Farmers planning to sell land in 2023 are being advised to use the winter months to prepare for a sale if they are to capitalise on the spring market.
Carter Jonas says the UK being in recession is driving interest in safe assets, and that farmland has traditionally performed well during times of economic uncertainty.
There is also evidence that well-prepared farms are out-performing those which have outstanding issues to resolve, as cash buyers look to move quickly to completion.
Arable and pasture land values have seen a 10-year annualised growth rate of 2.8% and 3.6% respectively, according to the property consultancy.
“Agriculture is a resilient industry, even in the face of considerable economic uncertainty, and land values reflect that,” says Andrew Chandler, Carter Jonas head of rural agency.
"The market is predicted to continue to benefit from an ever-expanding pool of motivated buyers, who are interested in a range of holdings from prime lifestyle land to unproductive blocks of marginal land for natural capital purposes.”
With recent rises in interest rates affecting some mortgage offers, Carter Jonas says those with cash available are in a position to move faster, and will favour properties which have been prepared for sale and are ready to go.
“If you’re not ready, your farm could potentially be out-performed by another property.” Mr Chandler says.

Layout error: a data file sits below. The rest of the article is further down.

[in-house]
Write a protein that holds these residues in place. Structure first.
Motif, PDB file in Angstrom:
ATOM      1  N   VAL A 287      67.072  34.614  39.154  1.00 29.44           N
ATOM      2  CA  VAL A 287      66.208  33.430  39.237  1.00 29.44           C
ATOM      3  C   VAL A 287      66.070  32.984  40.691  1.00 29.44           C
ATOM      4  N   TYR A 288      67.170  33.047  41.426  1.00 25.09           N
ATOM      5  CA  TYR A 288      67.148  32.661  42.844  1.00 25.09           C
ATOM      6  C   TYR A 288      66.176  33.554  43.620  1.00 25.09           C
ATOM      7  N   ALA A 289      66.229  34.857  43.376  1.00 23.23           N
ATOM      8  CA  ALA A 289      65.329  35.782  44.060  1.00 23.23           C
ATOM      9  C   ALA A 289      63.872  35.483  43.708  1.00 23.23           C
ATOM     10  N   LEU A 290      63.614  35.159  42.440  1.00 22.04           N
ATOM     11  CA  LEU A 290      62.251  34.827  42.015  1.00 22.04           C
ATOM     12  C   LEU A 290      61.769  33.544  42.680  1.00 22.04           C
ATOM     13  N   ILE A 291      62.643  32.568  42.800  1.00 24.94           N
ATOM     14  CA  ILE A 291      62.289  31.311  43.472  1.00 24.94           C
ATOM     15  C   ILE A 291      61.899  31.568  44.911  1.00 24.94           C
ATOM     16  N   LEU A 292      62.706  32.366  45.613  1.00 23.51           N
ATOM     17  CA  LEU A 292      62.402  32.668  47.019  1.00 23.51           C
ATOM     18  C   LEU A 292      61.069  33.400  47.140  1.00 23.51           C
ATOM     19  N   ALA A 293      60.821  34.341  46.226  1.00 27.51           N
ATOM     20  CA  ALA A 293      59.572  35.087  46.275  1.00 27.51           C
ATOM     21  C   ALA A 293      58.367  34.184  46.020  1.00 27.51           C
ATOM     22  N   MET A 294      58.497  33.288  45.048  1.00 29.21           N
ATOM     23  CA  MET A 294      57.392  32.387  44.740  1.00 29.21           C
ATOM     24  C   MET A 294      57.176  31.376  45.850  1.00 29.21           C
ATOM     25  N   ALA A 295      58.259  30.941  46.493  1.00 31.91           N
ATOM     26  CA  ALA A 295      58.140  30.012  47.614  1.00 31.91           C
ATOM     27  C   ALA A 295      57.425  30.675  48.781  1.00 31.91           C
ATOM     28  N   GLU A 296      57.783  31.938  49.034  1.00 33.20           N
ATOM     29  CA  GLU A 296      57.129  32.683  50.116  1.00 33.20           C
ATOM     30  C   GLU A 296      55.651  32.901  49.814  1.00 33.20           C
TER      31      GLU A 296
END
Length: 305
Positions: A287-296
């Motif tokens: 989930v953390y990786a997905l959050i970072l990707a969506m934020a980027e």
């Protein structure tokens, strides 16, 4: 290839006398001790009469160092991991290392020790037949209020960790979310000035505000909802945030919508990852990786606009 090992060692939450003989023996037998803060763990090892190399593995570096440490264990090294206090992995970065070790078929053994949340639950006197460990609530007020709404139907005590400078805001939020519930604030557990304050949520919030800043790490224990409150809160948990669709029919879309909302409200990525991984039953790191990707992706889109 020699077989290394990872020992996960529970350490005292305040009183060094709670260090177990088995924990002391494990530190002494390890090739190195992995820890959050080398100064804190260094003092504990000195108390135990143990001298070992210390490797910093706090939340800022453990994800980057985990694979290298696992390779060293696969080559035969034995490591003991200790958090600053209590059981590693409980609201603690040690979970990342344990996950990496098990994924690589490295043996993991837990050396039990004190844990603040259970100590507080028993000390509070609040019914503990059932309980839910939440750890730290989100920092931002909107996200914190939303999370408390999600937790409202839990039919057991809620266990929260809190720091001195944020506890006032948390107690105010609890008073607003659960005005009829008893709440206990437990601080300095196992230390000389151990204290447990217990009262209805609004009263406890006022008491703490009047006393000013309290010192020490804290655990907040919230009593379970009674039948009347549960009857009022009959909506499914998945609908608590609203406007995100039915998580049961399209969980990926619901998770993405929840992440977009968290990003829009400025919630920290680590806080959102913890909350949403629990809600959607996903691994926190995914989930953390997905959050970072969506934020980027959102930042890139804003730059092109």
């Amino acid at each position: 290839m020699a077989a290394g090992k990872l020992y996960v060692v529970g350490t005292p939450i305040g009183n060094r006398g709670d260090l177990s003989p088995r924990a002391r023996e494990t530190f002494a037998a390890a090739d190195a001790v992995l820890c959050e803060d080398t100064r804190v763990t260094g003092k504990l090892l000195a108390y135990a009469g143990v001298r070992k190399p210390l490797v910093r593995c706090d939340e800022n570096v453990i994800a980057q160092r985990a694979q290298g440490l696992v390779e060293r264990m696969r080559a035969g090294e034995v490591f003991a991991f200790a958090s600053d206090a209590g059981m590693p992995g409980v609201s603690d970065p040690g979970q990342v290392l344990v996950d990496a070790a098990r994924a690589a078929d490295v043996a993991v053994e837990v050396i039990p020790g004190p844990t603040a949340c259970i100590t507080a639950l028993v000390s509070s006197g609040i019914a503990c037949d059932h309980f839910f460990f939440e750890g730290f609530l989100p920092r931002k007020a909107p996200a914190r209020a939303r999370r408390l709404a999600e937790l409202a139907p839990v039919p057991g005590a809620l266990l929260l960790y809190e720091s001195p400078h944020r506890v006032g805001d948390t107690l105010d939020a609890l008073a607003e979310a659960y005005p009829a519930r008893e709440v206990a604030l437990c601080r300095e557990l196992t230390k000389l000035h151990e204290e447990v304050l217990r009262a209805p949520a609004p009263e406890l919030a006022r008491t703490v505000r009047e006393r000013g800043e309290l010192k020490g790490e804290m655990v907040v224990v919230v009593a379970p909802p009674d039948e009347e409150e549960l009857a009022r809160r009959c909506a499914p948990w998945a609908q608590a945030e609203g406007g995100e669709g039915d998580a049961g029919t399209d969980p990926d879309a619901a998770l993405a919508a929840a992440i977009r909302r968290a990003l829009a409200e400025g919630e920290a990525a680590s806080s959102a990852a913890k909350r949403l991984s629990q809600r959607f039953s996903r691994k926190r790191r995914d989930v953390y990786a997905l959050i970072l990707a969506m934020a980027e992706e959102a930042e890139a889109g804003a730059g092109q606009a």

“Cash buyers do tend to bid higher on land and property they know is ready, but they won’t wait around.”
Although the market has quietened a little since the intense period experienced during the pandemic, demand is still outstripping supply.
Quality offerings, and those located in a number of hotspots across the UK, are seeing considerable interest regardless of the time of year.
There may be advantages for those farms which are first to market in 2023, according to Carter Jonas.
Mr Chandler adds: “Building in time for the legal process is also advisable – sellers can mitigate risk by engaging professionals well in advance and being ready to proceed quickly.”
"Creating a positive first impression is invaluable, so preparing your farm for sale well ahead of time is key.
"Smartening up your farm and carrying out minor cosmetic tasks can be achieved quickly and inexpensively but could make a huge difference to its overall appearance."
Potential planning opportunities should be explored as these can add significant value, and establishing potential Capital Gains Tax liability is essential.
“Consulting your accountant at an early stage is sensible, as is ensuring good lines of communication are established between your selling agent, solicitor and accountant prior to launching your property on the market,” Mr Chandler says.
“Ensure you engage a reputable and well-respected agent with experience in rural property and land management who will provide you with objective, balanced and unbiased advice.”